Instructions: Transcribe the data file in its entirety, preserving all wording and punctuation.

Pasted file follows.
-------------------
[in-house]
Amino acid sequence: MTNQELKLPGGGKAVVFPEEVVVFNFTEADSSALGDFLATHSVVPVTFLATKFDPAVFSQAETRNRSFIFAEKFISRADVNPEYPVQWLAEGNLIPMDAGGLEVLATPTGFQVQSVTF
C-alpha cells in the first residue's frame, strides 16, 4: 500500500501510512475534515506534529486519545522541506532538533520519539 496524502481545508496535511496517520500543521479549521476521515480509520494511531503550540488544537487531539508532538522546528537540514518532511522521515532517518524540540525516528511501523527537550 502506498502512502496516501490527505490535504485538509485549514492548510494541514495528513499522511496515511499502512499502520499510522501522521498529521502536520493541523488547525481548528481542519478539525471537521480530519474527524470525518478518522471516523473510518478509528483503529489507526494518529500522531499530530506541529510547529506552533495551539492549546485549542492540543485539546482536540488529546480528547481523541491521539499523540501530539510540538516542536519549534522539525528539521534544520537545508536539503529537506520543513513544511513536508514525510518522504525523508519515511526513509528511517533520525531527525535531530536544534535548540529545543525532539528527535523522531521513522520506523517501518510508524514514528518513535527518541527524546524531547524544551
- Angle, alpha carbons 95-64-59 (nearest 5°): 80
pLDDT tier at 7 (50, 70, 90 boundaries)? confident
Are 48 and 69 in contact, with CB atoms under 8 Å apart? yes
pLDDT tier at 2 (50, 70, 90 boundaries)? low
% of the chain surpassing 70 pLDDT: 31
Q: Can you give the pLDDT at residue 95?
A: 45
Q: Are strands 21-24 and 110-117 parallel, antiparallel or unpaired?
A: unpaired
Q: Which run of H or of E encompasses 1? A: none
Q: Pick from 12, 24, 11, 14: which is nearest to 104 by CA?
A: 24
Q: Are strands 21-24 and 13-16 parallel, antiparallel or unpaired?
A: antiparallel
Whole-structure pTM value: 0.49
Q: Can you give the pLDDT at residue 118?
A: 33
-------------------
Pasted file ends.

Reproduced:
[in-house]
Amino acid sequence: MTNQELKLPGGGKAVVFPEEVVVFNFTEADSSALGDFLATHSVVPVTFLATKFDPAVFSQAETRNRSFIFAEKFISRADVNPEYPVQWLAEGNLIPMDAGGLEVLATPTGFQVQSVTF
C-alpha cells in the first residue's frame, strides 16, 4: 500500500501510512475534515506534529486519545522541506532538533520519539 496524502481545508496535511496517520500543521479549521476521515480509520494511531503550540488544537487531539508532538522546528537540514518532511522521515532517518524540540525516528511501523527537550 502506498502512502496516501490527505490535504485538509485549514492548510494541514495528513499522511496515511499502512499502520499510522501522521498529521502536520493541523488547525481548528481542519478539525471537521480530519474527524470525518478518522471516523473510518478509528483503529489507526494518529500522531499530530506541529510547529506552533495551539492549546485549542492540543485539546482536540488529546480528547481523541491521539499523540501530539510540538516542536519549534522539525528539521534544520537545508536539503529537506520543513513544511513536508514525510518522504525523508519515511526513509528511517533520525531527525535531530536544534535548540529545543525532539528527535523522531521513522520506523517501518510508524514514528518513535527518541527524546524531547524544551
- Angle, alpha carbons 95-64-59 (nearest 5°): 80
pLDDT tier at 7 (50, 70, 90 boundaries)? confident
Are 48 and 69 in contact, with CB atoms under 8 Å apart? yes
pLDDT tier at 2 (50, 70, 90 boundaries)? low
% of the chain surpassing 70 pLDDT: 31
Q: Can you give the pLDDT at residue 95?
A: 45
Q: Are strands 21-24 and 110-117 parallel, antiparallel or unpaired?
A: unpaired
Q: Which run of H or of E encompasses 1? A: none
Q: Pick from 12, 24, 11, 14: which is nearest to 104 by CA?
A: 24
Q: Are strands 21-24 and 13-16 parallel, antiparallel or unpaired?
A: antiparallel
Whole-structure pTM value: 0.49
Q: Can you give the pLDDT at residue 118?
A: 33